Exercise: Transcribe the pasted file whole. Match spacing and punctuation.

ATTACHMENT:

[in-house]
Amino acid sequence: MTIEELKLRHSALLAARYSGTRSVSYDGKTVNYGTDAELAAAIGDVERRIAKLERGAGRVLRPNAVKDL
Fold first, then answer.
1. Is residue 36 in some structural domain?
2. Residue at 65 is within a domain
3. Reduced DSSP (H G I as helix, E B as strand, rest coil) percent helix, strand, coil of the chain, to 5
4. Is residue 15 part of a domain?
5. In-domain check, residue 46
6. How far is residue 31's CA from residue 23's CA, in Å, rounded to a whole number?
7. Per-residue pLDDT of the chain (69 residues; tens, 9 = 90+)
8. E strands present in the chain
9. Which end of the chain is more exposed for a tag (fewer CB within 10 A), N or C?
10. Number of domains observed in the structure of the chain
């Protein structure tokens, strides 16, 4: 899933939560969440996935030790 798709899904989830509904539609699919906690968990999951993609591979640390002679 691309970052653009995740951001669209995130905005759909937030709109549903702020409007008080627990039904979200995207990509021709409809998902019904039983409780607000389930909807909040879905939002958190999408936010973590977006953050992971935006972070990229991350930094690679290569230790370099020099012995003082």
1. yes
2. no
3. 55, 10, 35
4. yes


[in-house]
Amino acid sequence: MTIEELKLRHSALLAARYSGTRSVSYDGKTVNYGTDAELAAAIGDVERRIAKLERGAGRVLRPNAVKDL
Fold first, then answer.
1. Is residue 36 in some structural domain?
2. Residue at 65 is within a domain
3. Reduced DSSP (H G I as helix, E B as strand, rest coil) percent helix, strand, coil of the chain, to 5
4. Is residue 15 part of a domain?
5. In-domain check, residue 46
6. How far is residue 31's CA from residue 23's CA, in Å, rounded to a whole number?
7. Per-residue pLDDT of the chain (69 residues; tens, 9 = 90+)
8. E strands present in the chain
9. Which end of the chain is more exposed for a tag (fewer CB within 10 A), N or C?
10. Number of domains observed in the structure of the chain
């Protein structure tokens, strides 16, 4: 899933939560969440996935030790 798709899904989830509904539609699919906690968990999951993609591979640390002679 691309970052653009995740951001669209995130905005759909937030709109549903702020409007008080627990039904979200995207990509021709409809998902019904039983409780607000389930909807909040879905939002958190999408936010973590977006953050992971935006972070990229991350930094690679290569230790370099020099012995003082």
1. yes
2. no
3. 55, 10, 35
4. yes